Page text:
Howto: Work With Files

This chapter shows you how to load and save files with TX Text Control.

The source code for this example is contained in the following directories:

  • %USERPROFILE%\My Documents\TX Text Control 29.0.NET for Windows Forms\Samples\WinForms\VB.NET\Files
  • %USERPROFILE%\My Documents\TX Text Control 29.0.NET for Windows Forms\Samples\WinForms\CSharp\Files

Used TX Text Control controls:

  • TXTextControl.TextControl
  • TXTextControl.ButtonBar
  • TXTextControl.RulerBar
  • TXTextControl.StatusBar

Relevant API Links

Using the Built-in Dialog Boxes

The easiest way to load and save files with Text Control is to use the Load and Save methods without a parameter, as shown in Creating a Simple Word Processor. This way, only a single line of code is required to open a file dialog box, fill its Files of type: combo box with supported file formats, and finally load and display a file the user has selected:

Image

You may have noticed, though, that Load and Save actually consist of 11 overloaded functions each, and thus enable you to customize TX Text Control's file handling for various types of application. You can, for instance, load data from a string instead of a file, or provide your own customized dialog box. The next sections shows you some of the options available.

Restricting File Formats

By default, the Load and Save methods will display all file formats Text Control supports. If you wish to support a subset of these formats, or if you have a version of Text Control that does not support all of the formats, you can specify the formats to be displayed as a parameter. Several members of Text Control's StreamType enumeration can be combined to, for instance, only support HTML and RTF:

Image

private void mnuFile_OpenFile_Click(object sender,
                                      System.EventArgs e)
{
    textControl1.Load(TXTextControl.StreamType.HTMLFormat |
                        TXTextControl.StreamType.RichTextFormat);
}
Private Sub mnuFile_OpenFile_Click(ByVal sender As System.Object, _
ByVal e As System.EventArgs) Handles mnuFile_OpenFile.Click
    TextControl1.Load(TXTextControl.StreamType.HTMLFormat + _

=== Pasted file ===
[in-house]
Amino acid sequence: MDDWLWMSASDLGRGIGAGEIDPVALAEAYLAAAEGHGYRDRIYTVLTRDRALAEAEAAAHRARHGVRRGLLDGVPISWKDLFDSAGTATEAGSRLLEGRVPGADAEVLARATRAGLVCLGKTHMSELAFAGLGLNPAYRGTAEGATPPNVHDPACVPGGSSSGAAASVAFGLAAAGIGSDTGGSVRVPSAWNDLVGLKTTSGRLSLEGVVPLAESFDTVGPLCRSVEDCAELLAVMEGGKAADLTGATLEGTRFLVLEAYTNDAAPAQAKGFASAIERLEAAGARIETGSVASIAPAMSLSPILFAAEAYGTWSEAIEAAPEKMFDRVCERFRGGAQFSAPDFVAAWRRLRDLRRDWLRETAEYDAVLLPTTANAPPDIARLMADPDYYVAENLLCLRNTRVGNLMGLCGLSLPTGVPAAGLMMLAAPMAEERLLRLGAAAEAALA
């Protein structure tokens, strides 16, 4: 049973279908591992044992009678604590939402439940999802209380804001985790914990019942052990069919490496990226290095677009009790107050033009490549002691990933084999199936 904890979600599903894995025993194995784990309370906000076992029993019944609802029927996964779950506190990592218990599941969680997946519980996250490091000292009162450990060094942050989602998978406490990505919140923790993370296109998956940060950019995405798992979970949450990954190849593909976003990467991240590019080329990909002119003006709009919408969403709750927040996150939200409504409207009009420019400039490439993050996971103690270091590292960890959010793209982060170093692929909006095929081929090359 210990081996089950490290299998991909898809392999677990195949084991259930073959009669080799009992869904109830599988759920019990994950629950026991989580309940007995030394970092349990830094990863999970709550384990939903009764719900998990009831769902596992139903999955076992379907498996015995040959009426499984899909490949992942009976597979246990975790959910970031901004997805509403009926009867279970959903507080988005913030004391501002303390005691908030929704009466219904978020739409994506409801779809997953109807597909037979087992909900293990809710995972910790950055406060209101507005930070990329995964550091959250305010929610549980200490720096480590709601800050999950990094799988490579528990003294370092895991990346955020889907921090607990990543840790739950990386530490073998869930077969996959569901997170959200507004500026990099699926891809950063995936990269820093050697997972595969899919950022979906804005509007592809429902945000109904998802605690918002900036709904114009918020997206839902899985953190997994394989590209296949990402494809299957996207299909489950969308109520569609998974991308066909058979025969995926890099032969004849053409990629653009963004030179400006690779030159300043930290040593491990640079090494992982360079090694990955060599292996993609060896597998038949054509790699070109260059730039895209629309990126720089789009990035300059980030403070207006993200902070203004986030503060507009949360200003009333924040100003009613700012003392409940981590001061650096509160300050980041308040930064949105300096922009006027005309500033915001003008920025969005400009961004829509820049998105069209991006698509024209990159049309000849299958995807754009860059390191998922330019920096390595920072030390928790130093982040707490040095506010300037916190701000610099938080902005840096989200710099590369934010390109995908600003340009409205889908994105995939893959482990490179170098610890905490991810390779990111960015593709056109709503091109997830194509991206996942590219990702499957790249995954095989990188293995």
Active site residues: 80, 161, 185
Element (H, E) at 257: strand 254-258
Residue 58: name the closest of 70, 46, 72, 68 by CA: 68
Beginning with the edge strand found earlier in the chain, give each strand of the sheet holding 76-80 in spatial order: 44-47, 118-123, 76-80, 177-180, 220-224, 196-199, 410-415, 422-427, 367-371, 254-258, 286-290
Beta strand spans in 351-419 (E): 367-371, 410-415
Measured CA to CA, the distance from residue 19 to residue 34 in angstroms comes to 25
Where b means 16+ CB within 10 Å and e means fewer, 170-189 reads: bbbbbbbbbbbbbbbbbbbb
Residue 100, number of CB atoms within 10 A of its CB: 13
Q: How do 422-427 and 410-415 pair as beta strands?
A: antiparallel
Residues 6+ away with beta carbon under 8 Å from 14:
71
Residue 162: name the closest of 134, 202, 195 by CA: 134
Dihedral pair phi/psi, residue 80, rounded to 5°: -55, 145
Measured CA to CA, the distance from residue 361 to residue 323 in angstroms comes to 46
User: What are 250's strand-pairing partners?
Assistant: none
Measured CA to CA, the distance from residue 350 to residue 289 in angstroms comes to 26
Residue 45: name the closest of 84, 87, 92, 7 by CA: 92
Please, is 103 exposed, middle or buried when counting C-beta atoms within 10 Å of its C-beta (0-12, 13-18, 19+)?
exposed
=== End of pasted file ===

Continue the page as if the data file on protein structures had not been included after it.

TXTextControl.StreamType.RichTextFormat)
End Sub

Displaying The File Name

It is convenient for the user to have the name of the file he or she is currently working with displayed as a window caption. One would normally use the FileName property of the file dialog box for this, but, as the dialog box is called from within Text Control, this option is not available.

This code sample shows how to get the filename by creating and passing a LoadSettings object as a parameter to the Load method.

private void mnuFile_OpenFile_Click(object sender, System.EventArgs e)
{
    TXTextControl.LoadSettings LoadSettings = new TXTextControl.LoadSettings();
    textControl1.Load(TXTextControl.StreamType.All, LoadSettings);
    this.Text = LoadSettings.LoadedFile;
}
Private Sub mnuFile_OpenFile_Click(ByVal sender As System.Object, _
ByVal e As System.EventArgs) Handles mnuFile_OpenFile.Click
    Dim LoadSettings As New TXTextControl.LoadSettings()
    TextControl1.Load(TXTextControl.StreamType.All, LoadSettings)
    Me.Text = LoadSettings.LoadedFile
End Sub

Save and Save As...

Word processing programs typically have seperate menu items for Save... and Save As.. operations. Unless a file has been created from scratch, it can be saved with its previously assigned filename and type by just hitting Save, and without a dialog box.

The sample program maintains two variables called DocumentFileName and DocumentStreamType in which it stores the name and type of the current file. The information is updated when a file is loaded, and when it is stored under a different name.

When the user clicks Save, the file is stored using this information. A dialog box is only displayed if the file has been created from scratch, i.e. if it does not yet have a name.

private void mnuFile_Save_Click(object sender, System.EventArgs e)
{
    TXTextControl.SaveSettings SaveSettings = new TXTextControl.SaveSettings();
    if (DocumentFileName != "" )
    {
        // save under same name and type
        textControl1.Save(DocumentFileName, DocumentStreamType);
    }
    else
    {
        // save as..
        textControl1.Save(TXTextControl.StreamType.All, SaveSettings);
        DocumentFileName = SaveSettings.SavedFile;
        DocumentStreamType = SaveSettings.SavedStreamType;
    }
}
Private Sub mnuFile_Save_Click(ByVal sender As System.Object, _
ByVal e As System.EventArgs) Handles mnuFile_Save.Click
    Dim SaveSettings As New TXTextControl.SaveSettings()
    If DocumentFileName <> "" Then
        ' save under same name and type
        TextControl1.Save(DocumentFileName, DocumentStreamType)
    Else
        ' save as..
        TextControl1.Save(TXTextControl.StreamType.All, SaveSettings)
        DocumentFileName = SaveSettings.SavedFile
        DocumentStreamType = SaveSettings.SavedStreamType
    End If
End Sub

Export to PDF and CSS

PDF and CSS formats require special attention, as they can be saved to, but not loaded from. The problem is that if you save a file as PDF, you cannot load it back in for further editing. CSS will not even save the text contained in a document, but only the formatting.

The best way to circumvent this is to create a seperate Export... menu item in addition to Save and Save As..., and keep the document in its original format when exporting it to a non-editable format. Note that, unlike Save As..., Export... does not change the file name and type.

private void mnuFile_Export_Click(object sender, System.EventArgs e)
{
    textControl1.Save(TXTextControl.StreamType.AdobePDF);
}
Private Sub mnuFile_Export_Click(ByVal sender As System.Object, _
ByVal e As System.EventArgs) Handles mnuFile_Export.Click
    TextControl1.Save(TXTextControl.StreamType.AdobePDF)
End Sub